Frontline Goes 'Inside Assad's Syria'

Join correspondent Martin Smith in Syria as he reports from government-controlled areas while the war rages. With on-the-ground reporting and firsthand accounts from Syrians caught in the crisis, the film shines new light on the ongoing conflict. Premieres Tuesday, October 27 at 10:00 pm Frontline Inside Assad's Syria
Read More
Mike Donlan

WGCU Honors SWFL American Graduate Champions

American Graduate Champions are individuals who dedicate their time, talent, and resources to prepare students of all ages for success. The Champions are role models whose stories inspire others to take action.
Read More

Beyoncé is one of a kind — the kind of star who can drop a surprise music video and see much of the Internet and social media instantly explode.

Iran and Boeing go way back. Boeing was the largest supplier of civilian aircraft to Iran before the country's 1979 Islamic revolution. And despite the fraught relations between the U.S. and Iran since then, Iran has kept flying those planes for decades.

As part of the recent Iranian nuclear deal and the lifting of sanctions, Boeing is once again permitted to sell planes to the Islamic Republic. And Iran desperately wants to start replacing its fleet of aging, worn-out commercial aircraft.

Copyright 2016 NPR. To see more, visit http://www.npr.org/.

The Carolina Panthers and Denver Broncos are meeting, finally, for Super Bowl Sunday. And they're bringing a whole tangle of storylines with them: Panthers quarterback Cam Newton's MVP season, surefire Hall of Famer Peyton Manning's possible ride into the sunset — and the decent chance both guys will be stifled by the dominant defenses opposite them.

It is, without a doubt, the biggest game of the year. So we've decided to cover it with the littlest poems we could think of: haiku.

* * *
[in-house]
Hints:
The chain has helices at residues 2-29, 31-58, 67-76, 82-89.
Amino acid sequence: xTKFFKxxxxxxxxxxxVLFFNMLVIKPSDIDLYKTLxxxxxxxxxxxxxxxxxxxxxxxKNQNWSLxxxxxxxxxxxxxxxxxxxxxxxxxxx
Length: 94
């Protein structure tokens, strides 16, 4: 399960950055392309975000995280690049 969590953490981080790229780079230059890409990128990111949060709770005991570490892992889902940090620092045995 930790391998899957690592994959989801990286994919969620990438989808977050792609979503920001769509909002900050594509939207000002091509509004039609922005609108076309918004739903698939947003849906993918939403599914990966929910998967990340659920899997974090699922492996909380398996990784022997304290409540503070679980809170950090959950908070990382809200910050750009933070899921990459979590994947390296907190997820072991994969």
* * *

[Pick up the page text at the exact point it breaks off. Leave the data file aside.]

This post is about to recommend that you read two fairly long stories about Polish politics.

It's worth it, I promise. They offer twin views on a story that's not just important geopolitically — it's fascinating on a human level.

Here's how The Guardian opens its examination of the mysterious crash that has reshaped the Polish psyche — not to mention Poland's government:

The magnitude-6.4 earthquake has left 26 people dead. Camila had the news in an earlier post.

Here is the story in photographs, which tell stories of life and death, destruction and hope in the quake's aftermath:

A professor at an evangelical Christian college who was suspended for saying Christians and Muslims worship the same God will no longer be teaching at the school.

As we've reported, Larycia Hawkins, an associate political science professor who had tenure at Wheaton College in Illinois, was suspended from her job in December.

Not that long ago, being a woman in the workplace was different. Just watch any episode of Mad Men.

That was just the way things were back then. It wasn't until 1986 that the Supreme Court acknowledged that there's something called sexual harassment and it's a violation of federal civil rights law.

"Irresponsible," "senseless," "deplorable," "destabilizing," "totally unacceptable."

North Korea's launch of a long-range rocket has filled the isolated nation with pride — and sparked fierce censure from the rest of the world.

As we reported yesterday, the launch on Sunday morning local time arrives just a month after a nuclear test that had already raised tensions in the area:

Pages

Local Weather

WGCU News